In the present study, gluconeogenesis and the conversion of lactate to oxaloacetate were downregulated, whereas the pathway for the conversion of propionate into oxaloacetate exhibited no significant change in the MNFC group compared with the LNFC group. Among the precursors of hepatic gluconeogenesis, propionate absorbed from the gastrointestinal tract plays the most important role in hepatic gluconeogenesis in ruminants. Larger amounts of AAs (both endogenous and exogenous AAs) support gluconeogenesis primarily when the supply of propionate and other precursors (such as lactate and pyruvate) is inadequate [15]. The latter partially applies when ruminants are fed a high-roughage diet [17].

In the present study, the ruminal production of propionate was increased, and simultaneously, the hepatic pathway for its conversion into oxaloacetate showed no significant change in the MNFC group. On the other hand, PC as a key entry point for lactate and small neutral AAs into gluconeogenesis was downregulated together with the two rate-limiting ‘exit enzymes’ of gluconeogenesis, FBP and G6PC3. This can be interpreted as a gradual switch of gluconeogenesis from a pull mechanism for propionate, lactate and AAs to a push mechanism driven primarily by the increased availability of propionate. A previous study in dairy cows similarly evidenced a decreased mRNA abundance and enzyme activity of PC in dairy cows when surplus supply of energy was achieved by continuous intravenous glucose infusions. In that study, an increase of energy supply by 30% led to a drop of plasma urea concentration by 20% [20]. Accordingly, we infer that both an increase in propionate supply due to increased NFC feeding and a decreased requirement for glucose production due to intravenous glucose infusion lead to decreased AAs utilization for gluconeogenesis, and consequently, a decreased conversion of AA-NH2 into urea. This postulate is further supported by the decreased expression of pathways converting arginine and histidine into glutamate and by the results of our correlation analysis. The latter showed a positive correlation of the key enzymes of gluconeogenesis with the rate-limiting enzymes of ureagenesis (Spearman correlation coefficient (SCC) > 0.8 and p < 0.05; Additional file 6).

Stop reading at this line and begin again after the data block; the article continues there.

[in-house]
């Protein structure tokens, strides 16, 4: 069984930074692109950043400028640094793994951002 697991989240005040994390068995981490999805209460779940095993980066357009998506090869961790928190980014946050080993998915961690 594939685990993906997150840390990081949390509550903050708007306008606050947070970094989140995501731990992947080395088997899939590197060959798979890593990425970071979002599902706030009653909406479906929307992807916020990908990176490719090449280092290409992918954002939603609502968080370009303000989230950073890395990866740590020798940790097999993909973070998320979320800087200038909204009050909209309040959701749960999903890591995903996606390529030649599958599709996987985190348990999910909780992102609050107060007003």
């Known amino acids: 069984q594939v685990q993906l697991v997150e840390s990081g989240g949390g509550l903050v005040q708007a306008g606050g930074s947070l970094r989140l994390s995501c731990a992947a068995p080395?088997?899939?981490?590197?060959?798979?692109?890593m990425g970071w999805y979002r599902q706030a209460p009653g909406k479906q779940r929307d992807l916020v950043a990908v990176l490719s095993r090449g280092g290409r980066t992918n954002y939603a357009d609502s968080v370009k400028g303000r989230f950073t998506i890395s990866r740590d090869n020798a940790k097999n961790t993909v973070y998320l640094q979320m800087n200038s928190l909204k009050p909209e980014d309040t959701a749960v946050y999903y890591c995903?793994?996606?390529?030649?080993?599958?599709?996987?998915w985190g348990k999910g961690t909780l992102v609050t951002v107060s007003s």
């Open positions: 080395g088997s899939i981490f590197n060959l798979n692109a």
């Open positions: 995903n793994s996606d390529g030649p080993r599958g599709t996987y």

Increased TAG anabolism deductible from transcripts for glycerol synthesis, FA synthesis and FA oxidation is linked to decreased ureagenesis

The generation of glycerol for TAG synthesis and gluconeogenesis are known to compete for the same precursors (i.e., AAs, propionate, and lactate), whose amounts are limited in the liver. Accordingly, it can be anticipated that an inverse relationship exists between glycerol synthesis and gluconeogenesis in the goat liver. This proposal is supported by the results of our correlation analysis, which demonstrated negative correlations of the key enzymes of glycerol synthesis with the key enzymes of gluconeogenesis (SCC > 0.8 and p < 0.05, Additional file 6).

Furthermore, our data showed that the synthesis pathway for FA was enhanced and their degradation pathway into acetyl-CoA was impaired in the MNFC group compared with the LNFC group. Ketone bodies and butyrate from the rumen and FA are known to be the major precursor for the generation of acetyl-CoA in the liver of ruminants, since acetate produced in rumen is poorly used by hepatocytes [21]. Accordingly, a decrease of FA degradation may decrease the generation of acetyl-CoA in the goat liver. Vice versa, our data also showed that the transportation of acetyl-CoA from the mitochondrion to the cytoplasm for FA synthesis, and the conversion pathway of acetyl-CoA into FA were enhanced in the MNFC group compared with the LNFC group. FA synthesis requires the supply of ATPs and reduced nicotinamide adenine dinucleotide phosphate (NADPH) by the TCA cycle, and acetyl-CoA is the precursor for the TCA cycle. Accordingly, the increase of FA synthesis requires also an increase the amount of acetyl-CoA entering the TCA cycle. This is supported by the increased expression of CS in the MNFC group, which is a pace-making enzyme of the TCA cycle [22].